Pet abusers would have a tough time adopting new animals in San Francisco if a local database designed to track such offenders is created.
The City’s Animal Welfare Commission will discuss the proposal today to gauge support for it. The database would allow animal rescue groups to keep tabs on owners who have neglected pets or been involved in criminal cases associated with animals. It would be just the second of its kind in the nation.
The data would not be subject to public inspection, but only available to groups that allow people to adopt pets, said Sandra Bernal of San Francisco Animal Care and Control.
“It would provide the name of the person and it would explain what the case was about,” she said.
Pet groups would then have the option of making their own decision about a person’s suitability for adoption.
Officials with Animal Care and Control said they don’t have a cost estimate for a local system.
A state Senate bill that would have required convicted-felon animal abusers to register with the state for 10 years after their conviction was tabled last year because the estimated costs approached $2 million.
Together, The City’s biggest adoption centers, Animal Care and Control and the San Francisco chapter of the Society for the Prevention of Cruelty to Animals, foster about 7,000 animals a year. Both groups maintain their own records about pet offenders, but there is no coordinated system.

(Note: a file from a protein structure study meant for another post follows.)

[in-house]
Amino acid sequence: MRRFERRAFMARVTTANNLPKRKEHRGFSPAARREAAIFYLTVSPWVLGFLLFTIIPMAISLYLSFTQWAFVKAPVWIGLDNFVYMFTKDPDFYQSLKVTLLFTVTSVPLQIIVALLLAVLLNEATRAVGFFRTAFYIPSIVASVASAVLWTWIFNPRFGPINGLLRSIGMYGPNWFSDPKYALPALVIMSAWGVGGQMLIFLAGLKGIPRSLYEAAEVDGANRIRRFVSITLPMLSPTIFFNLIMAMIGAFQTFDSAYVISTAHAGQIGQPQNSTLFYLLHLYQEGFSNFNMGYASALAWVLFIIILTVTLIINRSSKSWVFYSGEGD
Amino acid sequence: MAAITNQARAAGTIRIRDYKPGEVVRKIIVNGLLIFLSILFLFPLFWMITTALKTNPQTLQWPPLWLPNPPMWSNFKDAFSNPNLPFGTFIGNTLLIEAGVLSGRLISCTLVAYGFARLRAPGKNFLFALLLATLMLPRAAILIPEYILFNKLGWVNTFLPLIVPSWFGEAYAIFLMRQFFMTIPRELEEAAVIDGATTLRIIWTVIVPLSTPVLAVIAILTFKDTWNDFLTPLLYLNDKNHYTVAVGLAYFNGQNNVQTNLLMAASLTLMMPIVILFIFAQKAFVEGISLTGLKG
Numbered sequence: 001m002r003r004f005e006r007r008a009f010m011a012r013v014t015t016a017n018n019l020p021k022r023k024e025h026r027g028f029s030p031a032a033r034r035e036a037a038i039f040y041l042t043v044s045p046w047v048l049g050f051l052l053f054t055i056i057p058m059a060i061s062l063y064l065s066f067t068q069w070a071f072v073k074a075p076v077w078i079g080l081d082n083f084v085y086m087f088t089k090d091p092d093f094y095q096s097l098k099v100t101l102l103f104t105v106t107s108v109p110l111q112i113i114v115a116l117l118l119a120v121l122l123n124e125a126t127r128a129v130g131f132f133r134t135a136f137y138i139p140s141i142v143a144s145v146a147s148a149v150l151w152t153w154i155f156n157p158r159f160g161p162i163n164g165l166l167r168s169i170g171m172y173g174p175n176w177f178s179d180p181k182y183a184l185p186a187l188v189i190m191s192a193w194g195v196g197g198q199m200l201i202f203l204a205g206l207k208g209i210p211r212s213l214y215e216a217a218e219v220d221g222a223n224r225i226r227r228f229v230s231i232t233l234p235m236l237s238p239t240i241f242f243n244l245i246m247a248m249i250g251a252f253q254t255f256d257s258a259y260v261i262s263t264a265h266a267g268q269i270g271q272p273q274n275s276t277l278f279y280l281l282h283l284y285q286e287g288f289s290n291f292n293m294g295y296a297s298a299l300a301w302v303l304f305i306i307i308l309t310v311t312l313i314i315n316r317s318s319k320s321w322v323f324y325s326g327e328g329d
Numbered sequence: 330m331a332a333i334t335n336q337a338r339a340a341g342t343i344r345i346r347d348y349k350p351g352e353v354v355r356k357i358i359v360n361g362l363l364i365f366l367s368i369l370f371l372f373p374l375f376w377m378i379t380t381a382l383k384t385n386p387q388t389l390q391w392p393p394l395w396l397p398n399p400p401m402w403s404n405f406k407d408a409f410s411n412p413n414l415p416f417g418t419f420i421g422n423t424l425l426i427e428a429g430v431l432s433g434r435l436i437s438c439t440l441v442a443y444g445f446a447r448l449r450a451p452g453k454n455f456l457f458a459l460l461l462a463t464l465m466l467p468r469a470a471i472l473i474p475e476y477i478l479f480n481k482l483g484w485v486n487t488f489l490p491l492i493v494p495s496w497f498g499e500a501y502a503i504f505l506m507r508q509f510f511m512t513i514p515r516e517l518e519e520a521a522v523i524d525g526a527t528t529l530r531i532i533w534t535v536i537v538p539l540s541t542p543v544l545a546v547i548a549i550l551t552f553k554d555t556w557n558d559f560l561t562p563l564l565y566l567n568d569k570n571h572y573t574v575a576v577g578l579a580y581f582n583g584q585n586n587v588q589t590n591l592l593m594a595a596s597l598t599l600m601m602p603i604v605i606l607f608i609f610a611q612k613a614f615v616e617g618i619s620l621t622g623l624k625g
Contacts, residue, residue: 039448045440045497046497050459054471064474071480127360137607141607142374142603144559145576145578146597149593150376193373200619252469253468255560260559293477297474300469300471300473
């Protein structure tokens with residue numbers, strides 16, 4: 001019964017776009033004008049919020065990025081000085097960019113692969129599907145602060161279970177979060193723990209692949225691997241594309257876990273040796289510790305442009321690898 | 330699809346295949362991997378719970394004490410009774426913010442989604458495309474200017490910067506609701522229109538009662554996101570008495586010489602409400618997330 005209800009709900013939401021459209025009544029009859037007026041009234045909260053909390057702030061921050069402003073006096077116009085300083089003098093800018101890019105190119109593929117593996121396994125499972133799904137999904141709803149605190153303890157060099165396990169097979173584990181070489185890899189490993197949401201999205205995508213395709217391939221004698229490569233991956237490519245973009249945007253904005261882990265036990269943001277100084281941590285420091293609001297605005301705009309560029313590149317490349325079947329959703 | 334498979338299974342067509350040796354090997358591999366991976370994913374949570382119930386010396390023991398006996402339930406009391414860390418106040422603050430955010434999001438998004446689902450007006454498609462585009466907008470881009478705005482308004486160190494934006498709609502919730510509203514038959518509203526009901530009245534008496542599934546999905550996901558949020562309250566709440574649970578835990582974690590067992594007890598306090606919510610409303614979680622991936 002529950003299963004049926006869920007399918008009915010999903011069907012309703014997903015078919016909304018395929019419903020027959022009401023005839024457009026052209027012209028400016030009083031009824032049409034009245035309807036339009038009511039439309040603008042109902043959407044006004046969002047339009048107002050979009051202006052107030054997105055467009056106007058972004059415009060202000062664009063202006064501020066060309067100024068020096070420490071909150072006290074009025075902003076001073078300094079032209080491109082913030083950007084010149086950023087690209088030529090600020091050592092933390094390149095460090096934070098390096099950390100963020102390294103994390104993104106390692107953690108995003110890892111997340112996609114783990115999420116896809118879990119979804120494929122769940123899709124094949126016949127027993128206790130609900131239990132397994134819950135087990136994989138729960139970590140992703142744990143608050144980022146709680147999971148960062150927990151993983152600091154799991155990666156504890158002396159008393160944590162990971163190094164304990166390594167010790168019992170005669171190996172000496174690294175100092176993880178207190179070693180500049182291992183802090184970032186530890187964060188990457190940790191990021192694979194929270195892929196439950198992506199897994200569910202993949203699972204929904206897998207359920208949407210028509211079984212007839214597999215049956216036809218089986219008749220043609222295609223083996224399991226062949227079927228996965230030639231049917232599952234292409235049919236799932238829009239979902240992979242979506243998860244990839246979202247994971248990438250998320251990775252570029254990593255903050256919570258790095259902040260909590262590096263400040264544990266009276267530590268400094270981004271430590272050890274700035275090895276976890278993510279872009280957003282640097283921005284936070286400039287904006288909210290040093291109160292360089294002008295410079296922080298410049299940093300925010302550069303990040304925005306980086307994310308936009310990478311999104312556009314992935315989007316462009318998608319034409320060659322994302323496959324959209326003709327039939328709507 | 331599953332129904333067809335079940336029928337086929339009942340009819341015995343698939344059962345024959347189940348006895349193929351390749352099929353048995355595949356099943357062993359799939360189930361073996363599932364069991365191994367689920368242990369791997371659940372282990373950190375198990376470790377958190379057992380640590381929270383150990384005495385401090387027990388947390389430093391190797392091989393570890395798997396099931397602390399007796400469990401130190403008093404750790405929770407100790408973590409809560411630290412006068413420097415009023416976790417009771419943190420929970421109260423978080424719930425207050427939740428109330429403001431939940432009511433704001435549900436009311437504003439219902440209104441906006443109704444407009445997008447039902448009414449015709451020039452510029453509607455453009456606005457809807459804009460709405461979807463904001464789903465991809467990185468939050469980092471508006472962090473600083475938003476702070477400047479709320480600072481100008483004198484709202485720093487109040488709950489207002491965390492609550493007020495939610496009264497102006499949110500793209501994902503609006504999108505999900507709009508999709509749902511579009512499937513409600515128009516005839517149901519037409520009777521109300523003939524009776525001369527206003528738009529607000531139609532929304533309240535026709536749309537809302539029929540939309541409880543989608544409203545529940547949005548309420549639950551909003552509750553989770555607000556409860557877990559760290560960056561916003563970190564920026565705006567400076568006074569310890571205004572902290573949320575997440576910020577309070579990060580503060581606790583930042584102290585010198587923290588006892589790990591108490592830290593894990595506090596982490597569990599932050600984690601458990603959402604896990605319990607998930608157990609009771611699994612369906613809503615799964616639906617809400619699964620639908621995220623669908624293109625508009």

“We do reserve the right to refuse adoption to anyone,” Animal Care and Control spokeswoman Rebecca Katz said.
If the commission is interested in pursuing such a system, the Board of Supervisors would have the final say.
Officials in Suffolk County, N.Y., are preparing to enforce the nation’s first animal abuse registry law, which mimics the Megan’s Law sex offender database.
Offenders will have to register, and their information would be open to the public.
“If someone that’s living next door to you has sexually assaulted an animal or set up animal fighting … wouldn’t you want to know?” said Stephan Otto, a legislative director at the Animal Legal Defense Fund, which helps municipalities find money to pursue such laws.